Now, some dragons in fantasy are ecologically subterranean, but then, you have to make some level of allowance of “because magic”. In D&D, for instance, many varieties of dragons can subsist entirely on various minerals, even minerals which are chemically inert in our world, because their metabolisms aren’t subject to the mundane rules of our world.

Though, of course, it’s always hard to tell how far to take “because magic”. Those same D&D worlds have underground cities of drow and duergar, who subsist on fungus-based agriculture… which glosses over the question of where the fungi get their energy from. Are the fungi themselves magical? Are they grown in caves with other magical energy sources? Do the occasional surface raids by the underground dwellers somehow bring back enough Calories to meet the whole system’s needs?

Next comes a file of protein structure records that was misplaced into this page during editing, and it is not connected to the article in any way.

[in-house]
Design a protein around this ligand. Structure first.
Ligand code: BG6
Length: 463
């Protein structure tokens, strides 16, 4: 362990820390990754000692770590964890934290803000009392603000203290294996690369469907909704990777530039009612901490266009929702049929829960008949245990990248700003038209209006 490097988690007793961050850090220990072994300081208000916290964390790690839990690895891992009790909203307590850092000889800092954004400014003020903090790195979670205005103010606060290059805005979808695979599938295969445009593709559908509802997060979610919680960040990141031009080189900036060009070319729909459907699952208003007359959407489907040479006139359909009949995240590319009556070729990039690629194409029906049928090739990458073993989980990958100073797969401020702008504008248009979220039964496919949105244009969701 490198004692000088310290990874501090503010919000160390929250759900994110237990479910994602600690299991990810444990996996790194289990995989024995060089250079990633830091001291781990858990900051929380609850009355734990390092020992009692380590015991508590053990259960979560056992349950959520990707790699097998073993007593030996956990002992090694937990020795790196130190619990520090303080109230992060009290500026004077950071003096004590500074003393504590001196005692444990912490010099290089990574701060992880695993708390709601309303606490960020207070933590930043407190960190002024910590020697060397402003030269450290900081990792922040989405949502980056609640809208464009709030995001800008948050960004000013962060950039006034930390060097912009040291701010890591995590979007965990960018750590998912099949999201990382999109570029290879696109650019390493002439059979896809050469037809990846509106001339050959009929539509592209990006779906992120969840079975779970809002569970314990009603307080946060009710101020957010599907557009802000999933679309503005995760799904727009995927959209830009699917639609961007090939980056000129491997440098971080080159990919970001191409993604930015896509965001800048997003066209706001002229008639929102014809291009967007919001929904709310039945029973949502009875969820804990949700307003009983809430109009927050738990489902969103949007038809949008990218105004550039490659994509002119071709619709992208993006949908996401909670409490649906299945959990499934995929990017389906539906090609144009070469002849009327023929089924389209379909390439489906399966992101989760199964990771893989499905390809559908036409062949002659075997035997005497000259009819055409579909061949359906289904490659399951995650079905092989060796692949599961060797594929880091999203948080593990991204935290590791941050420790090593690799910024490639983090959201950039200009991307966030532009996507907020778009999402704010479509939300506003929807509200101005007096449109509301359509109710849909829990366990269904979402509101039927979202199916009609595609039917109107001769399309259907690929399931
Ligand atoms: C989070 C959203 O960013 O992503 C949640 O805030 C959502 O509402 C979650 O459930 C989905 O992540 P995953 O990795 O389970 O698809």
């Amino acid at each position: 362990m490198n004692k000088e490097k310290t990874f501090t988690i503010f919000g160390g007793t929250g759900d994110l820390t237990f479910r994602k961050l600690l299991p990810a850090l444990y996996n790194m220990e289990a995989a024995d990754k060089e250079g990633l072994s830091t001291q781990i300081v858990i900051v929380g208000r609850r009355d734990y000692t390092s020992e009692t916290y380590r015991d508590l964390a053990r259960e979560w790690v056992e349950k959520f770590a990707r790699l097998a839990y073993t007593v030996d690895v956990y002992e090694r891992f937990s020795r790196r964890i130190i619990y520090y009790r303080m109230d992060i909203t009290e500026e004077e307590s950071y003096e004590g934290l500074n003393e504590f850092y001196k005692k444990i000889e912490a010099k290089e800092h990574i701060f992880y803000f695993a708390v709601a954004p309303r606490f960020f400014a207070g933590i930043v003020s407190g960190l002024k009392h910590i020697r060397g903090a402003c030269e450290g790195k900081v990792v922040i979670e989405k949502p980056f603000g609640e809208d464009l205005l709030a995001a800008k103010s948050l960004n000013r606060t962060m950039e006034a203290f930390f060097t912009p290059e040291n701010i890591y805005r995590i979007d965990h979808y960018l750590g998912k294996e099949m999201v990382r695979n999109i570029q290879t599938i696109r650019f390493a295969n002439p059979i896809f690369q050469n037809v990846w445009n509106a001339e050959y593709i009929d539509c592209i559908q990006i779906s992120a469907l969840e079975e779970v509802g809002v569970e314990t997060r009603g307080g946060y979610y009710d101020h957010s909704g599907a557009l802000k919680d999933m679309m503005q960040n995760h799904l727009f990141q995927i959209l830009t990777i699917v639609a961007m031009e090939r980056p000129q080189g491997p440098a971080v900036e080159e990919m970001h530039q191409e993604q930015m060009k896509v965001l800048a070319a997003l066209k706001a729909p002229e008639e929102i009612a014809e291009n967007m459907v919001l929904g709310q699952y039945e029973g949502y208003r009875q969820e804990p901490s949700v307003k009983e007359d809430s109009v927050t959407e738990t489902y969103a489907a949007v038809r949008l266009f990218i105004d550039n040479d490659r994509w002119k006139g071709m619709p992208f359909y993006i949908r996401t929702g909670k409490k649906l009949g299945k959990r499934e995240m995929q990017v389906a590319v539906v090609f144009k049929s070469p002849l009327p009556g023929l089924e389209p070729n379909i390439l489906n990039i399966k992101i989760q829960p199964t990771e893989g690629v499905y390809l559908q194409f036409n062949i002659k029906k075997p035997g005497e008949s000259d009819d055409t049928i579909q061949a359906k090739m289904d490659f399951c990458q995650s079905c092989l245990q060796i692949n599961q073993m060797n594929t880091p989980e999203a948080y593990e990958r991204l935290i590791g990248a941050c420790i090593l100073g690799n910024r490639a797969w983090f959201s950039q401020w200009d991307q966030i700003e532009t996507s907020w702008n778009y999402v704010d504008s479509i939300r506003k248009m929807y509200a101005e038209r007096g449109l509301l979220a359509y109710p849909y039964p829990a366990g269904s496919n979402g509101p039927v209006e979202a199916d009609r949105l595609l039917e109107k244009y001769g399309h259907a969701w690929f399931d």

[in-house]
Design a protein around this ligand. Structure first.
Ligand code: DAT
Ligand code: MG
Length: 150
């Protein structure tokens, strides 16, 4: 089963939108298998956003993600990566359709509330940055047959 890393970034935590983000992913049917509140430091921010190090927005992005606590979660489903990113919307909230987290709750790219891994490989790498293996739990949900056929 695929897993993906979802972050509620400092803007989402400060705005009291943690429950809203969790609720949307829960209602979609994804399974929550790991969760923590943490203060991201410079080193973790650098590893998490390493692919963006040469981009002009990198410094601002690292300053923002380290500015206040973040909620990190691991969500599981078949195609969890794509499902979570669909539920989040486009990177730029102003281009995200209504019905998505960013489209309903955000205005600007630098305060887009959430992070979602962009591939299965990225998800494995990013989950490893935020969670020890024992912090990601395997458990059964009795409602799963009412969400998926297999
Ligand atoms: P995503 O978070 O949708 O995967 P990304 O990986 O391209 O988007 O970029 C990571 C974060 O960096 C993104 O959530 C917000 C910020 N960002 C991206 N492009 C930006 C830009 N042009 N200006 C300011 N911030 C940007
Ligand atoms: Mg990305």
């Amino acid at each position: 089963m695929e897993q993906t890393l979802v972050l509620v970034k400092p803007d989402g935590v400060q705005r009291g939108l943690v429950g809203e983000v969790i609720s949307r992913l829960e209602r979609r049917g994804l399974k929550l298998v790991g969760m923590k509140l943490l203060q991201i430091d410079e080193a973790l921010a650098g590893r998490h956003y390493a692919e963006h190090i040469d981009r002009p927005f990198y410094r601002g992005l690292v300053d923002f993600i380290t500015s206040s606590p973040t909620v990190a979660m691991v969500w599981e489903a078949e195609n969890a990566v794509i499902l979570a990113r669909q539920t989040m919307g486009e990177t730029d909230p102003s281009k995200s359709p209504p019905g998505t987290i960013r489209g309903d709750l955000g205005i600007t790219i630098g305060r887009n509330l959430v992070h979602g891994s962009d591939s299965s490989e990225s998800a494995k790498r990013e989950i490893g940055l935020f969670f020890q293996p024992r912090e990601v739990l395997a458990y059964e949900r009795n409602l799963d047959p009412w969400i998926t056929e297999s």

He tried; at least a little bit. Sandworms are filter feeders, eating bacteria that live in the sand. Sounds good, lots of real life examples of giant filter feeders. But the bacteria survive by eating spice, and spice, of course, comes from the worms, and is the waste produced from eating the bacteria. It’s unclear to me where external energy enters the system.

Arrakis has barely any plant life, and obviously no oceans with photosynthetic plankton. So, the oxygen comes from the sandworms, and is a byproduct of the mechanism they use to dissipate the heat from the friction of moving through the sand. Still no good explanation of where the energy required to move that fast through the sand comes from.

The monster from The Lair Of The White Worm gets at least some of it’s sustenance from human sacrifices. Also, it arguably has the best theme song of any underground monster.

I thought they preferred Bacon.

Sandworms not only both bake the cake and eat it, but they make the cake ingredients from their own excrement. And their offspring. Which they eat. And they use their own waste heat to fire the cake oven.

Soylent Dune is WORMS! It’s WORMS!

The thing that always bugged me about the worms, even before I understood their life cycle violated the laws of thermodynamics, is, how deep are these deserts? Getting sand both unpacked enough for worms that large to move through, but deep enough for them to move undetected from the surface, should be impossible.